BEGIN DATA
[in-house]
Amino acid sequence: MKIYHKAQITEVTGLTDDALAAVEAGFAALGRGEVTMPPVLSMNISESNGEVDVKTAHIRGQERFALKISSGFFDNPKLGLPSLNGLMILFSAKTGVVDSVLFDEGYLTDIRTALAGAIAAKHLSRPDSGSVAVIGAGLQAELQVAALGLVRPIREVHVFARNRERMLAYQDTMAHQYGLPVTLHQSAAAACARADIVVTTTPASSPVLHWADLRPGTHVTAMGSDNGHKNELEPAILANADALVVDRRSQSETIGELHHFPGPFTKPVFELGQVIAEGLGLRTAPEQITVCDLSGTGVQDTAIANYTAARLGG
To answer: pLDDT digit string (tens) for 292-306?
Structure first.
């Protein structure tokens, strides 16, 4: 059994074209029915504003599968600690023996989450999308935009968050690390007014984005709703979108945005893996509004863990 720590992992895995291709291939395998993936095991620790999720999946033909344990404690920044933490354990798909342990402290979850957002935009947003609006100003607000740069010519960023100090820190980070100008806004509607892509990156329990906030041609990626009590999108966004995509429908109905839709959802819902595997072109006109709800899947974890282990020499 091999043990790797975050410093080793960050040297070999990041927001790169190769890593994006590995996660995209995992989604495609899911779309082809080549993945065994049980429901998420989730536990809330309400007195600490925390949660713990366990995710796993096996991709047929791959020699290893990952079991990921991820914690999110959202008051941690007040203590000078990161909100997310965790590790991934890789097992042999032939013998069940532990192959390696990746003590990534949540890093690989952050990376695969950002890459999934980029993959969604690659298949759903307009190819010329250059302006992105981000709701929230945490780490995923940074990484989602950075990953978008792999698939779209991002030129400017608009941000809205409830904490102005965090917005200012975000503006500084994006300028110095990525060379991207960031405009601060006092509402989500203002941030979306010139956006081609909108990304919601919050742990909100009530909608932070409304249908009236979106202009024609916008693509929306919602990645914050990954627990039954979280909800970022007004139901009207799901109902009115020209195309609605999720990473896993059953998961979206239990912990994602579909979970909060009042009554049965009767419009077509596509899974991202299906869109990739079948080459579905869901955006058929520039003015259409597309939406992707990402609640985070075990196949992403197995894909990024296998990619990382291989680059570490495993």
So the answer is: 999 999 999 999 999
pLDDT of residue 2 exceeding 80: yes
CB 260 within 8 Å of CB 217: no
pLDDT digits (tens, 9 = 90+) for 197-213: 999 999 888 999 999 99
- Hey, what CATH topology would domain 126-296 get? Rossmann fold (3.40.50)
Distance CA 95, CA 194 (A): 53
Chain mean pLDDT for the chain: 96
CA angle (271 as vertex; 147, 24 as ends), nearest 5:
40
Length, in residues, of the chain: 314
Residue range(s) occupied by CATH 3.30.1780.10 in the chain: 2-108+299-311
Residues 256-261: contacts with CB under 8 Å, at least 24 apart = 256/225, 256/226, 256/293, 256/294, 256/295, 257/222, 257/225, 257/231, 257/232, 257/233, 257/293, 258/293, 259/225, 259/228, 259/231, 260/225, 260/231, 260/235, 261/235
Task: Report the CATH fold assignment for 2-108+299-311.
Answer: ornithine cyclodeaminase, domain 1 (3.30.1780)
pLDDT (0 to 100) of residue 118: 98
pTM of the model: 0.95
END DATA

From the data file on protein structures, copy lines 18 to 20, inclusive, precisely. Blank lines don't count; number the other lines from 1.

Task: Report the CATH fold assignment for 2-108+299-311.
Answer: ornithine cyclodeaminase, domain 1 (3.30.1780)
pLDDT (0 to 100) of residue 118: 98